Assume we have some basic understanding of reinforcement learning. I start my deep reinforcement learning journey with model-free algorithms. Model-free methods assume that the agent does not have access to the model of the environment. The model here specifies the transition dynamics, which gives you the reward and the next state from a given state and action. Among model-free algorithms, I investigate Q-learning methods first. These methods learns a function approximator for the action value function.

This is the paper that introduces Double Q-learning. Before diving into the Double Q-learning algorithm, let’s recap on the general setup of DQN.

### Basic setup:

**Environment**: Atari game emulator (stochastic and partially observable)**Agent**: only observes the current screen (vector of raw pixel values)

### MDP:

**Action**: a set of legal game actions**State**: sequences of actions and observations (finite)**Reward**: change in game score**Transition**: mapping from current state and action to the next state

### Goal:

- Find optimal policy, which is mapping from state to action that maximizes total sum of discounted future rewards

### Main difference from DQN:

The major difference is that when calculating the target values, we use the Main network to select the best actions, instead of using the Target network as in DQN.

### Algorithm Pseudocode (Detailed):

#### Initialize an empty replay memory buffer `D`

, which includes:

`observations`

, `next observations`

, `actions`

, `rewards`

and `dones`

#### We also need the following to `store`

and update our D:

`pointer`

, `size`

of D, `maximum size`

of D, training `batch size`

, and `sample batch`

function.

#### Initialize two copies of a network, `Main`

network and `Target`

network, along with their parameters.

```
#use main network to select best actions
best_acts = tf.argmax(q_vals, axis=1)
best_acts_one_hots = tf.one_hot(best_acts, n_actions)
#use target network to evaluate best actions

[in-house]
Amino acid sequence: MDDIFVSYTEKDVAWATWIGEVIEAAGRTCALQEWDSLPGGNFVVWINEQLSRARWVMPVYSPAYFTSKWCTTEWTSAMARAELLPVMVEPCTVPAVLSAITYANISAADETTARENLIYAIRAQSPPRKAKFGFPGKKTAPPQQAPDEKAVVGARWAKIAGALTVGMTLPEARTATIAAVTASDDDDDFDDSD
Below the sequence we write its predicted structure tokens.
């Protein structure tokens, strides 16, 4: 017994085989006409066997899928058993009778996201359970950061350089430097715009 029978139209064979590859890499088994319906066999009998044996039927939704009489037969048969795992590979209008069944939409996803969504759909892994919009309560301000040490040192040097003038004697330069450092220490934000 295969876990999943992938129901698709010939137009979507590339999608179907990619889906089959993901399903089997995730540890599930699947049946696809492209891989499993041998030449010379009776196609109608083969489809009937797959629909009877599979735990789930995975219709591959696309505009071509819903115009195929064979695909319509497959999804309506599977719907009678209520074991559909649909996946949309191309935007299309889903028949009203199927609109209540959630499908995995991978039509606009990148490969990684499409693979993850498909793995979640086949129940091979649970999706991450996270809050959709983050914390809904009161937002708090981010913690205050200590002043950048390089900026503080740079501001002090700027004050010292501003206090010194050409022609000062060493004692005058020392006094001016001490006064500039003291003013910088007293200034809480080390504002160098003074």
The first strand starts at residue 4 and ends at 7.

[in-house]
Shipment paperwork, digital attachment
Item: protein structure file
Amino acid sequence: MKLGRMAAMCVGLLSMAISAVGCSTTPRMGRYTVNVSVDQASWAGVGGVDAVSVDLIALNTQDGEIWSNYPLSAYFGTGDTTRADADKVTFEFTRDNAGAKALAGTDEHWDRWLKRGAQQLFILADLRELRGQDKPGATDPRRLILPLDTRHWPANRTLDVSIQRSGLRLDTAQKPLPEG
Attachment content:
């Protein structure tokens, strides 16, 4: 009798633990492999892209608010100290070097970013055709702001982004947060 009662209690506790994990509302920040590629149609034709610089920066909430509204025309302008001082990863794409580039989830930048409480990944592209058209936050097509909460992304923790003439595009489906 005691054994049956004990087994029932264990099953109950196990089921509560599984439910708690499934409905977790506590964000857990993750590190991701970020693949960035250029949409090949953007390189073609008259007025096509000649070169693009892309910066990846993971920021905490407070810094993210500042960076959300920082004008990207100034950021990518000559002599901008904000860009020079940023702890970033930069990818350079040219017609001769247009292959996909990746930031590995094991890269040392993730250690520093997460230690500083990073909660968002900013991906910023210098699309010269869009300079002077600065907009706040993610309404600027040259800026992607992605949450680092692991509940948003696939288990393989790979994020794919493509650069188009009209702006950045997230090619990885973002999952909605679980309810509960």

optimal_future_q = gamma * tf.reduce_sum(best_acts_one_hots * q_vals_targ, axis=1)
target = tf.stop_gradient(rewards_ph + (1 - tf.cast(dones_ph, dtype=tf.float32)) * optimal_future_q)
```

#### Main part of training:

```
Initialize various (hyper)parameters for our networks
Loop through the number of episodes:
Initialize a sequence of observations
Loop through the time steps of a single episode:
Update our state with the sequence of observations
Sample an action from current policy (from uniform to epsilon-greedy)
Sample the next observation from the environment given our current observations and chosen action
Update our state with the new observation
Update reward resulting from chosen action
if replay buffer is full:
Delete the oldest observation
Append the new observation
Sample a batch from replay buffer uniformly
For each (state, action, reward, next state) in the sample batch, construct target values by:
Select the best actions according to the Main network
Evaluate the best actions using the Target network
Calculate target values using Bellman equation
Calculate quadratic loss function using target values
Perform gradient descent
Update parameters for the Target network for a given frequency
```

### Actual code:

Please see this Github repo.

Another algorithm in the Q-learning family is Dueling DQN. This is the paper that introduces Dueling Network for Deep RL. The algorithm for dueling is actually the same as Double DQN with experience replay and target network. For simplicity, I didn’t incorporate additional tricks such as prioritized experience replay.

The main improvement for Dueling DQN is their new architecture which separates the representation of state values and state-dependent action advantages. If we aggregate them well, then we still have a good estimate of the state-action value function. In essence, this new architecture will be able to learn the value of states that takes into account of the effect of each action for each state.

#### Build the dueling architecture for our two networks:

- one stream for the state value function
`v_net`

- one stream for the state-dependent action advantage function
`a_net`

- output our Q-values by
`combining`

the two estimators by subtracting the mean advantage:`v_net + a_net - mean(a_net)`

To see this more concretely, the following code illustrates the changes to build the new architecture:

```
#advantage stream
a_net = tf.layers.dense(final_hidden, units=n_actions, activation=None)
#value stream
v_net = tf.layers.dense(final_hidden, units=1, activation=None)
#combine the two by substracting the mean advantage
q_vals = v_net + (a_net - tf.reduce_mean(a_net, axis=1, keep_dims=True))
```

### Actual code:

Please see this Github repo.